Lubbock Avalanche-Journal from Lubbock, Texas on November 2, 1972 · Page 57
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Lubbock Avalanche-Journal from Lubbock, Texas · Page 57

Lubbock, Texas
Issue Date:
Thursday, November 2, 1972
Page 57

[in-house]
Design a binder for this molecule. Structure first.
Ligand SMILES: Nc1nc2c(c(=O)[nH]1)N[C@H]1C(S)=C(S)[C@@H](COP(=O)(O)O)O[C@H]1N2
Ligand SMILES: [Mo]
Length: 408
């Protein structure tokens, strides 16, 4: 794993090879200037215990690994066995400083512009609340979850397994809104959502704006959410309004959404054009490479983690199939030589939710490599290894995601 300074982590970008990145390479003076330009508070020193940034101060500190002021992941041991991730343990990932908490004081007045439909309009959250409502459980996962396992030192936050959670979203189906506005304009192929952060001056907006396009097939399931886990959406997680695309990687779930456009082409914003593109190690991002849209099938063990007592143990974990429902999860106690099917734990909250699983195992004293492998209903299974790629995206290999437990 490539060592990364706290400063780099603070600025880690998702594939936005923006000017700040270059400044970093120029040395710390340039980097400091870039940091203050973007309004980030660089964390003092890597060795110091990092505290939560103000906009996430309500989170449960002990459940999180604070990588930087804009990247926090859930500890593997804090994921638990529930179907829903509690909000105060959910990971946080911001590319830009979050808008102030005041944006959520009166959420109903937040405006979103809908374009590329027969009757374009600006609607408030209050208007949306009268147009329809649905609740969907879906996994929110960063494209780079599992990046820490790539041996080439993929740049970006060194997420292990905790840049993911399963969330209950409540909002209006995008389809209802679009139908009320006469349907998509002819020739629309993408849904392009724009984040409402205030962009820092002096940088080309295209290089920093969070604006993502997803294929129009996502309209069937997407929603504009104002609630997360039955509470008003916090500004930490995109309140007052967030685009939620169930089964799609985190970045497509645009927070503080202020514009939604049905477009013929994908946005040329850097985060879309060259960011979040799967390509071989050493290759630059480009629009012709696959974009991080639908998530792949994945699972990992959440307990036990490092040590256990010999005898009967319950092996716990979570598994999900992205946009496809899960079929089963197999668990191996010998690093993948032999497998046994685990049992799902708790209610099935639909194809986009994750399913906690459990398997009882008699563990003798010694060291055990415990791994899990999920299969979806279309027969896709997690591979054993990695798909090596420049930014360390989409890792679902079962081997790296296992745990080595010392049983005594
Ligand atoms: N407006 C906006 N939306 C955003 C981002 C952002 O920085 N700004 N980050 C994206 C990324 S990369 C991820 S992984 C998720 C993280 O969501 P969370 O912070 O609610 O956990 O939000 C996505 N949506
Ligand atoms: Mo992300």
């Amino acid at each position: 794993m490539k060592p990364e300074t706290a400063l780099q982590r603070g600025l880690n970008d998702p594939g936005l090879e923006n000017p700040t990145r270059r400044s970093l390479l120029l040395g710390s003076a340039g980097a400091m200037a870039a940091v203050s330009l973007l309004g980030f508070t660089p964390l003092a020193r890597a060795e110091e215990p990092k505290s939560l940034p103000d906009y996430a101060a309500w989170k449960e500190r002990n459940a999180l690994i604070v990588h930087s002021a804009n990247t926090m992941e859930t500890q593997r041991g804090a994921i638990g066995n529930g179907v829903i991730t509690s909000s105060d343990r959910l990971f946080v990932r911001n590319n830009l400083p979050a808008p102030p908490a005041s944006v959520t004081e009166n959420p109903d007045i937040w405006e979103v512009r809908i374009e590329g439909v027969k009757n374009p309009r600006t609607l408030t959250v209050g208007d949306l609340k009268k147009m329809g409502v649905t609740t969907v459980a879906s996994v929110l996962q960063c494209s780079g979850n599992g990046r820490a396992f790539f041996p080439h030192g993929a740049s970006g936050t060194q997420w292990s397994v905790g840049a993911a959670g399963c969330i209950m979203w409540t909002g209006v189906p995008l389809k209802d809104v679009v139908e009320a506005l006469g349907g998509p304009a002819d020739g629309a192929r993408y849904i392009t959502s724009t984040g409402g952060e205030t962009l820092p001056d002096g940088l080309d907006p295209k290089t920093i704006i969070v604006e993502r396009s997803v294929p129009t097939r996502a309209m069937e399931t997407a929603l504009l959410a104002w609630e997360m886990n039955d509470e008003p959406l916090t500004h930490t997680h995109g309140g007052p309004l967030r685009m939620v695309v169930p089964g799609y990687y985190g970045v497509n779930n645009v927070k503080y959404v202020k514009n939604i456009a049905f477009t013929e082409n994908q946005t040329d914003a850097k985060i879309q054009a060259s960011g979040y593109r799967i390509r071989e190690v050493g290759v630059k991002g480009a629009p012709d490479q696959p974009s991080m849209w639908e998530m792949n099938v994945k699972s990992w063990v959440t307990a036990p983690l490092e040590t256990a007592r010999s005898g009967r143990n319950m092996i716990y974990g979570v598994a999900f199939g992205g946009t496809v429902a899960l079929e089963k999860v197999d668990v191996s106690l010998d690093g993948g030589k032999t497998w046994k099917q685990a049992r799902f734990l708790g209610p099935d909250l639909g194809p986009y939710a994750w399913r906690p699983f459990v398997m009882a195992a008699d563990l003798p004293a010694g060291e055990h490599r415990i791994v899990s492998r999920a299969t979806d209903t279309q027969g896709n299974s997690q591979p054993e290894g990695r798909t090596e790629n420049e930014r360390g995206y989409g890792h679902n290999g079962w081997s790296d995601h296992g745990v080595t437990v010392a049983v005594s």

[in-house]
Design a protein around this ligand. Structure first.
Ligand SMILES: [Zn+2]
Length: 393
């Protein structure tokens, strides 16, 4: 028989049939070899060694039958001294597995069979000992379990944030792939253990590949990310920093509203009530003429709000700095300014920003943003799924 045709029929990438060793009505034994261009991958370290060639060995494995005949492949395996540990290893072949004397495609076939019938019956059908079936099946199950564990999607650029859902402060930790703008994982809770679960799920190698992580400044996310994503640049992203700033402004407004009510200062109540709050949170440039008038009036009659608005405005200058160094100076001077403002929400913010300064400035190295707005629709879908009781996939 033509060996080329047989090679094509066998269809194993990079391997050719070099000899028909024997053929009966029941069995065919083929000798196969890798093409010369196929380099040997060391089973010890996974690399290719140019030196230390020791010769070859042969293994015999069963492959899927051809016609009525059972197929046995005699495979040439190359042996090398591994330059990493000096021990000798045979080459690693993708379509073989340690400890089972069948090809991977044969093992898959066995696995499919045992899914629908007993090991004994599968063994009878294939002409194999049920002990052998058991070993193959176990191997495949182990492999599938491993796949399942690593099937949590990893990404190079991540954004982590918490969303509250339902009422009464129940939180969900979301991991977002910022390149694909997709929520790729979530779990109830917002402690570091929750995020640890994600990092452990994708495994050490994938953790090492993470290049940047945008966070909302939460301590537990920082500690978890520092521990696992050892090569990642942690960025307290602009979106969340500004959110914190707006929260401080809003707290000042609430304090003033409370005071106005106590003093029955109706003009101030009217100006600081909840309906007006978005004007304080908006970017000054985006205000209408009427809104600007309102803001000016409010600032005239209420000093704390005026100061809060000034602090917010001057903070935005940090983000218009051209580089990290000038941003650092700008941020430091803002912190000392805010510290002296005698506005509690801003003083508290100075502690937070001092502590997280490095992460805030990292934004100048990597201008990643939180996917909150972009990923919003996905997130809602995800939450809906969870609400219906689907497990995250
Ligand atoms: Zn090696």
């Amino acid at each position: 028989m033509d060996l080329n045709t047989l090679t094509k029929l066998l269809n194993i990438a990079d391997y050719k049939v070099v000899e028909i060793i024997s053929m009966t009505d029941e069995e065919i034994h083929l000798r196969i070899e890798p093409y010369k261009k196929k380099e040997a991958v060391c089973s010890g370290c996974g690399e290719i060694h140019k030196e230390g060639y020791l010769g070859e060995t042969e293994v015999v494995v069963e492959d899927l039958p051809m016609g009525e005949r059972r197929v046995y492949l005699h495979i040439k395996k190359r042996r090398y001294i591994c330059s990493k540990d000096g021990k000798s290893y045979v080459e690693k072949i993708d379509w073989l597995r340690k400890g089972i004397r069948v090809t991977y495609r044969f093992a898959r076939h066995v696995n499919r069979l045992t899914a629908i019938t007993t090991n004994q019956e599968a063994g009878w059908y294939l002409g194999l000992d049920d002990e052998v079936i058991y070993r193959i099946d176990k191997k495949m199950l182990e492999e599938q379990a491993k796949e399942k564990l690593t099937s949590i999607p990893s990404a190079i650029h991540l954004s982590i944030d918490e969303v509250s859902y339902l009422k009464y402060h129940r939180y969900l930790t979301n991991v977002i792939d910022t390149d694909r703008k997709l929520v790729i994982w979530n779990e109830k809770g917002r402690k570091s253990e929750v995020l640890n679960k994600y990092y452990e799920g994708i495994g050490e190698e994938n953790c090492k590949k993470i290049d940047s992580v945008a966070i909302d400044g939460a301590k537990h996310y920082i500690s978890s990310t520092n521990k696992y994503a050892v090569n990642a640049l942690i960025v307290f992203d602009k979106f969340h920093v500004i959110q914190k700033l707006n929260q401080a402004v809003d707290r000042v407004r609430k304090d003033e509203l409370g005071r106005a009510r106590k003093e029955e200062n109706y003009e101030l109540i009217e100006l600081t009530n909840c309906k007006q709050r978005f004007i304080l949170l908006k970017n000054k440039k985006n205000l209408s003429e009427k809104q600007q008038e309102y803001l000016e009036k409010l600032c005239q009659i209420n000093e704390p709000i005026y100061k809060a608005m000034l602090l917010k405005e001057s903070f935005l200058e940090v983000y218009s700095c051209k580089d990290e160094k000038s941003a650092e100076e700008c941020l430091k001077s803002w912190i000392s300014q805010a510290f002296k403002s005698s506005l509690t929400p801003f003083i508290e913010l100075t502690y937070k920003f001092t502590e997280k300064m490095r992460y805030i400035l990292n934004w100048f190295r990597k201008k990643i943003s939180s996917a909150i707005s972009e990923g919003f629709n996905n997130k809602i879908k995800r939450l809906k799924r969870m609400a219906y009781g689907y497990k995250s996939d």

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Students Get Know-How, Credits «y JKKIU OSROKN Avalanche-, Journal staff TV scenes whore Ihe doctors . , run down the hall . . . cardiac ure both roistered nurses aric arrest . . . These aren't fiction, have had 18 hours of industrial One doctor ran out in the mid- education courses. The Texas die of his conversation about Health Education Occupation health occupation students the program has a state director wages or three-fourths mum wages. School In Morning the students K0 to M JHL LAB—David Komairt, .sou of Mr. and Mrs. At Komarek of 2S26 62nd &(., works m the laboratory of St. Mary Hospital. One of SO studmils in Lubbock who arc employed m medical and technical areas ax a part of their health education occupation course, IJatiirt. is a .senior at Monterey. (Staff Plio/o) LuBBOCKAvALANCHE-JOURNAL THE YOUTH BEAT / lo w Cy<? PACK 12-H, LIIBBOCK, TEXAS TIIUK.SUAV, XOV. •»', IH7-; British Group 'Yes' Close To Sounds Of Future Rock Hy .ION CI.KMKNS Youth Beat Writer The British group "Yes" is closest to what future rock will sound like. 11 is an absolute credit lo the intelligence ot the much-maligned rock audience that Yes is popular. For the group breaks many of the long- sacrccl commandments of rock and manages to make money rioing so. Artistically uncompro- mised commercialism, that's what it is. These nice words come from a columnist who is not particularly impressed with pop music complexity. One of rock's appeals anc! strengths has been its simplicity and dependence on monotony and boat, not complexity and message. Yet I can't say enough about the way Yes has so successfully taken artistic risks. Beginning with "The Yes Allum," -the group's third, and continuing through the successful "Fragile" and the new "Close to the Edge," Yes has been developing what amounts to a new sound. Keyed around a guitar-organ interplay, it is a complex mix. with what .seem k> be layers of texture and lots of notes. Yes is closer to jazz in lhat respect than to their i-ock rools. Hare Strength Few British groups—or American rock groups—utilize dy- wliiv:h includes Edge," lakes other day. Move Specter ran, too, so he consultants. , , could help-or watch and learn . a- Steve, son of Mr. and Mrs. Nor- visory committee made up of man Specter of 5<12(i 46lh St., is doctors, dentists and nurses in ono of 80 students in Coronado Lubbock who help formulate mid Monterey High Schools in programs and make recommen- ihe Health Education Occupn- dations to the coordinators. tion portion of cooperative or vocational education programs m Uiblxick schools. . , up an Muttenls in the health occupa- submitted to the Texas Education program work in x-ray tion Agency, Health Occupa- Students labs, dental offices, doctor's off- tions Unit. ices, hospitals, nurseries, physi- three credits for, - - cass- en I therapy labs and nursing work anc! performance on al , mcs - Ule training station. Both coor- nicy are saining experience dinators 1 and employers' cvalu- as well as credits for the coursc they are taking. For the dents' grades. . work they receive the govern- mcnt-established in i n i m u m mini- high school in the morning and they arc required to take the same couracs for graduation that all other high school students must take. In addition they take courses hat teach the medical e hies, terminology, anatomy And then they work in "training stations" where thcy apply what they learn. For many Iho work enables them to go on lo college or nursing school. Some continue their jobs through the summer and mere continue their jobs as they continue their education. "So many work out so well for the employer," said Mrs. lelcn Payne, coordinator for the program at Monterey High -School, "that they keep our students on—and then we have to find other training stations for new students." Cooperative Kfforl Training stations are always in need for the program. This program is a cooperative effort of the schools and the community, according to Mrs. Payne and Mrs. Loyce Johnson, coordinator at Coronado High School. It's a program for finding a place of employment where't students can learn somethinV "Close to the scary, as if the music wcrci 31301 ' 1 their chosen field. this approach even further. While the parts of the whole are tilled separately, the album side is a whole with each of the four purls depending on the rest. Barely Audible "Close to the Edge" moves quickly, loudly, in a frenzy, and contrasts brilliantly wilh the section entitled "I Get Up; I Gel Down" on the same side. Parts of the latter are barely audible, just the woven strands ot the group's vocalists in an ungclic harmony which contrasts with the drive of the instrumental in other portions. The fllbum side is a virtual sound trip. IVhal also strikes you about the band is the apparent perfection of its musicianship. The mood of their music is computer-like, almost cold and very billiant. IL isn't easy to warm up to at first—at least to my ears which have traditionally expected rock to boogie, if just a little bit. But judging from the sales of Yes albums, a new audience is developing which is more willing to listen beyond the siren song of heal and noise. Xo Superstiir If Leon RusselL or the Jlolling Stones are making music to dance to, Yes is more appropriately appreciated lying flat on your back with your eyes originating in the mind of the same man. And unlike many of rock's more gultcral screamers, these Englishmen have excellent voices which drift in the upper register to counter Wakeman's organ foundation. Yes—notably Roundabout" and "Close lo the Edge —also fool around with tempo changes more than most groups in the same school, and this loo is risk-taking, because a change in time will often distract the listener unlss his car is patient. But perhaps the most impressive srcngth of Yes is the ensemble-like unity of the band's work. Unlike Emerson, Lake & Palmer, which the group somewhat resembles, there is no superstar appearing lo carry the brunt of the load or the brunt of the ego-trip, as the case may be. namics to build power. Dynam- *"? , '»."f ."''»/ ... ,. ks, the mix of loud and soft I? "^f . 1 . lslc . nin K to . "* '»f cci ;passages lo create drama, is a ble d =! )th < )f SOUnd . th , Cy A&f ° 1 ' rare strength in a rock band?"', J ^ . Ul ° (mu f 1M! cquiva- which is usually able to sustain !cnt <' f lyl , ng 1out . sldc o '\ « sta "'y its drama on sound overload, n '? ht and /lowly rcah/mg the shier number of layers of slars individual instrumental brilliance or beat. IV-l- Ui uuell, „,, . . . . The mix of loud and soft of-L 1h< | >nt crplay between k •n .slows rtmvn n,™rr« nn,( boardman _ Rick \Vakcman ; that can be seen. The interplay between ten slows ciown progress and demands a more patient audience. Each texture must be pleasing or the listener will lose interest because of the lack of conditioning of the average rock listener's car. The hit .song "Roundabout," taken from the earlier "Fragile" LP, is a familiar example of how Yes has used dynamics lo sustain drama. That song, like many of their works, builds through several parts. IL is almost fugue-like in character. But the new album, specifically the side-long composition The Top Ten (Popular) Best-selling records of the week based on Cash-Box Magazine's nationwide survey: "Nights in While Satin," Moody Blues "Burning Love,' Elvis Presley "Ding-rr-Ling," Chuck Berry "Garden Parly," Rick Nelson "I'll Be Around," Spinners "I Can See Clearly Now,' Johnny Nash "Freddie's Dead," Curtis Mayfield "Ben," Michael Jackson "Listen to the Music," Doobie Brothers "Good Time Charlie's Got the Blues, ' Danny O'Keefe guitarist Steve key- siid The Top Ten (Western) Best-selling country-western records based on Cash-Box Magazine's nationwide survey: Face," Donna Fargo 'It's Mot Love But It's Not 'Oncy, " Johnny Cash 'Class of 'S7, ' Statlcr Bros. 'My Man," Tammy Wynette 'Baby Don't Get Hooked on 'I Ain't Never," Mel Tillis 'Together Always,' Wagoner & Parton "The Lawrence Wpik-Hce- llaw Country-Revolution Polka," Roy Clark "I Take It on Home," Charlie Health education occupation programs were established at Monterey fiv e years ago and at Coronado four years ago. "These kids are taught things m the classroom," Mrs. Payne continued, "that enable them In know what they arc doing in the labs, or hospitals or offices." it makes able and willim employes available for tcchni cal or professional programs she noted. Answer Questions student may assist in setting patient information or run an electrocardiogram. Students ar e insurance clerks, nurses aids and orderlies. Thcy work- in pharmaceutical departments They take calls and answer questions—they know nil the usual procedures for routine blood counts and doing a urinalysis. "Thcy clean offices, wash glass wear and instruments or sol up instrument trays," Mrs Piiyne said. "They handle some 'glamour' jobs and some not so glamorous duties." Above all, the sludcnts "are enthusiastic," Mrs. Johnson said. Many in health occupational programs at both schools are honor roll students. "We've had some students come in who were not good students," Mrs. Payne said. "And once we found where they bc- onged in the program, they Jlossomed out. Tci'sonalHy Changes "One boy not only greatly improved his grades overall, )ut his personality changed Vom withdrawn and unsmiling .0 enthusiastic and outgoing." A student entering the pro;ram must have a backgroud average, and have a low rate ot absences and demerits. Mrs. Payne and Mrs, Johnson C ! UC £ consultant and two area The local program has an ad- Three Credits Given Training plans for each stu dent, must be drawn up and receive their class- - ations are considered in the stu- Allocation tor tho program is based upon how many students continue in the fields they studied. "This isn't just a program for providing a student with a job," Mrs. Payne emphasises. Training stations must be approved also and must provide work related to what the student is learning in the classroom, "if . it's just a job, that's not good -: enough," Mrs, Payne noted. Learn To Cope "We study understanding human behavior and interpersonal '•"'""---hips," Mrs. Payne cx- "so that they can loam cope with situations they y arise in the adult world of business. "We stress things both at the training stations and in class- work that wo hope will be of use to the students in their homemakinfr and as parents ' caring for their own families." Consultants for handling finances are made available to "" students. Game Called 'Zero CooP Makes Scene 15y ADAM DI PETTO Youlli Beat Writer Q: What's Ms panic suppos - edly making the rounds called " "Zero Cool"? — Lubbock, Tex. Pctcrs . A: They say: 55crn Coo] is (ending John Lcnnon five bucks . . . Mick Jiig K Br greeting you at a party and .Vim loll him, "Not noii- ,1'm busy." . . . Having B . J. Thomas hold an imilirclla over your hem! in a pouring rail). . . . Asking Steve McQueen ov«r to adjust UK-. sidevicw mirror on your Hondii. . . . You're in' HIP, White House and tho Hot Lino phone rings. Nixon picks it up and says, "It's for you." . . . Asking ihcj Galloping Gourmet to make hero sandwiches at your sweet sixteen parly— at IiBJ's ranch. . . . Fixing the feedback on Rod Stewart's guitar. . . . Having Kobert Flack como over to lullaby dm baby to sleep. {Anymore, readers?) » * » Whatever happened to Q: FIRST .JOCKKTTK Miss Kalhy Kusner was the first American woman lo receive a jockey's license. She received il. from the Maryland Racing Commission in October, 1068. SQUAn-Chccrkadcrs for the 197 2-7 3 school year at. At him Junior High bclirml arc, left to right, back row, Tricia Waters, daughter of Mr and Mrs Charles Wai™ of 2706 58th St., and Karen Kcrr, daughter of Mr. and Mrs. Frank Kcrr of 2WJ 56th &/., and front row. Pai^c. Aldemon, daughter of Mr and Mr? Jack C. Alfhrsan of 2511 5Slh Si. Kcllcy Aher (kneeling), daughter of Mr and. Mrs. Jerry Mer of 35/2 7XlhSt., and Kay Yandell, daughter of Mr. and Mrs. Howard Yandrlf. of 27/8 601 li St. (Staff Photo) Peter Noone (Herman) of Hcrman's Hermits?— UN., Washing Lou. D.C. A: I'cfer left (he grouji several years ago to go out on his own (getting marric-J in the process) lo do contorts, TV and films on his h o m e territory— England. Interestingly enough, Herman's Hermits is still alivo and kicking ard now manage it by Dusty Sprlngleld's former manager. * * * Q. I've been hearing -lots ol talk ?iJx)ul a new group called Fluff. The vibo s arc definitely positive. Can you tell me anything about them? — Maryjane O'Brien, Nyack, N.Y. A: You're right; disk industry denizens are sky high on li'lutf, n. new quintet being boomed for Rock honors by Roulette Records, which is just releasing Fluff's debut allnirn. Those privileged to hear advance spinnings of the I-t> tag it exciting-plus. TIio young cat who put Fluff together and is masterminding their re- oordings is Art I'olcnius, who produced hits by the Blue, Mugoos, The 'fllaKi- cians and others. T''luf/'s line-up, average ago 20, is comprised of Jorcy Ortiz (load singer and 'guitar), Dane M.ygiml (organ and pinno), Tommy Sc.hiff (lead guitar), Russell Sciiiiinorcr (luiss) and Roger Ktilm (drums). * * * Q: I'm doing an English report on ESP. Do you know where I can write Tor some information on ESP and could you give me an address for the TV mentalist, Krcskin?— Brenda Smith, Roa- nokc, Vn. A: Numerous universities arc presently engaged In KSI' research and experiments. Try Kent Slate University, Kent, Ohio, wlicro astronaut Edgar Mitchell has l»cen signed to tench a course in para-psychology. (He had conducted several experiments in KSI' during the trip or Apollo U lo the moon.) Kreskln's address is c/o Metromedia, 205 East fi'th St., New York, N. Y. * * * . (Gfif :i riiieMInn? Send l( In Adam III Pelln, In r.«rr. nl llil.i nnvMianrr. limy MI* ninil Inltrtxllnf wrtllnni rnn Tin ansn-trril and no nrnnnal rrjille., will lie irlvtn.) rn'r MES ^ AUOUND WITH UIM-Jim Crocc (pronounced CROW- U-lNLj became a jolk singer while leaching school and a songwriter while driving it truck, ///.y alburn, "You Dont Mess Around With Jim" has been a hit since its re/cast; in May. a * ********* Jim Croce Now Has Working Phone, Plus Car On Which He Can Depend I5y KAIIKAKA MvU'lS Youth Beat Writer PHILADELPHIA—You don't mess around with ,lim Crocc. He's a man lo be reckoned with especially now that he has a working telephone and a func- Uonal car, bonuses reaped from the sudden success of his al- ly not the most-rewarding work he has done. "I guess it was the boredom of the work that kepL my head clear and I was able to think and that's when I had time to reflect on my life and put the thoughts together. It was these reflections that turned into _ — v.w.*.. MI ,,io «,- n,nw^Lmiia inai. LIUJIUU inio bum, You Don't Mess Around "You Don't Mess Around with ur.iu i, m •• jim/ , Jim became a songwriter while driving a truck but he became a performer as a .schoolteacher, a year he looks back on as self-gratifying, but frustrating. H c had the pleasure of knowing tic had personal success with his students, even if the school system failed to recognize his worth. "I taiiRlit the only grammar- school class anywhere where half the pupils had deferments. I was the seventh teacher to be assigned to the class the first month of the semester. The class was supposedly uncduc- ablc. The first six teachers spent all their time trying to discipline the kids. I won them over, and soon the principa came in and disciplined me. They had never seen a teacher get reprimanded before and Jim." A former schoolteacher, Jim need not remind himself of his success. The offers to perform around the world are impressive testimony lo the fact. But just to add a bit of irony his achievement, he's had ttic gold album framed next to a letter rejecting the material as "not strong enough for us." As a matter of fact, Jim takes pleasure now in recalling that the demo was turned down by every major American record company before it was recorded in Europe. •lust Wanted Car His is nut exactly a rags-to- riches slory, because if Jim is rich he's not aware of it nor docs he covet wealth. "I just wanted one car I could depend on. Before all of| :his happened I would stop by the junk yard and try to find one Ural worked. Last year I owned 20. One car had 15 inch wheels on one side and IG-jnch on the oilier. It always felt like I was going around a corner." The working telephone is another indication that he has arrived. "We [,3d one we used to just sit and look at because the >hone company had the service "I sat in front of them with a guitar on my knee and sang to them about the beginnings of their country. They listened and they learned, and when my teaching contract was not renewed I decided lhat I would continue as a folk singer. Actually, I was waiting lo be drafted, so I joined the National Guard, and while waiting to be called I couldn't get a decent job. That's when I decided to try folk and wife.' singing that's in how coffcel louses I met my urned off until pay the bill.' I was able to This is actually ,7im's second urn around. He had tried once icfore, when he and his wife fngrid, played the coffeehouse circuit, sometimes driving a housand . miles between gigs md worrying all the way that he car would make it. Watch JJarhCr I'olc Thcy bad a two-record con- ract which withered into oblivi- >n after the first record, and he couple decided to forsake how business for a country arm. They moved inlo a pro- Revolutionary (American) home n Wagonlown, Pa., about 40 miles from Philadelphia where T lm grew up. "It's the kind of place where people watch the barber pole pin for plains. excitement," be ex- Thcy farmed their own vcgc- ablcs and Jim foraged for ood, but when thcy had their irst baby he got a job as a ruck driver in a gravel pit and niarry. This is only one of the many jobs the 29-year-old singer has held in his lifetime, and, while it led directly to his present: success, in itself it was ccrlfiin- thcy must have empathized with me." Jim says that most of the pupils in the class were 16 or older and had never really learned to read. 1'rincipal Came Along "Bui they knew lhc lyrics'of all the chart records. So I used to play Temptations for them or the Supremcs and have them sing along. Then I wrote the lyrics on the blackboard and they followed Ihe words and sang. "I was just (caching (.hem something thcy were interested in and the principal came in one day and wanted to know what was going on. "To teach Ihcm long division I brought several loads of Italian bread and salami and cheese and peppers. I asked one of Hie boys to put it all togelhcr and I asked the class to time him. It took him 30 min ulcs. 'Then I asked him how long it would take lo make one for everyone in the class and the whole class figured it out in a second and Ihen we had a party." Studied Accordion Iff became a folk singer while teaching history. He had studied accordion as a child jesting that every child in South Philadelphia studied accordion and had taught himself the guitar and harmonica. He had even created an act as a one- man band which he perfected at a neighborhood bar during his college years at Villanova University. But it was for his class lhat he started creating music. Orders Arrive He and Ingrid were married and, after waiting almost a year to be called for service, the orders arrived while they were honeymooning. "When I look over my life I realise that each event contributed to the next. If I hadn't given up my first career and become ;t truck driver, then 1 might never have had this second chance." Jim is currently touring with Woody Allen and making a few appearances wilh Randy Newman. But mostly he's writing music. "You can't chase too many rabbits," I used lo tell my class. "I'm going to let someone else hassle the business problems and dandle career. I just want lo write my music, or I'm going to be back fillling out job applications." Elvis Courting o Beauty Queen MEMPHIS, Tenn. .(AP) -A Memphis beauty queen reportedly is being courted \rj entertainer Elvis Presley. She is Linda Diane Thompson;. a former Miss Tennessee University, Miss Memphis Slate University, Miss Mid-South and Miss Liberty Bowl. She represented Tennessee in the Miss USA beauty pageant. Presley and Miss Thompson- nave been seen together over the past several weeks, and she ' currently ^s visiting him in Las Vegas, Nev. "All I know is that Linda told several of us that she was E o- mg lo visit, with Elvis in Las Vegas," said Martha Marks'' president of the Memphis Slate sorority to which Miss Thomn- son belongs. ' S. A. Thompson confirmed' that his daughter is in Las Vegas, hut said he doesn't" know when she plans to return "' Presley recently fijed for divorce from his wife Priscilla at" Santa Monica, Calif. They were' married May 1, Vegas. j n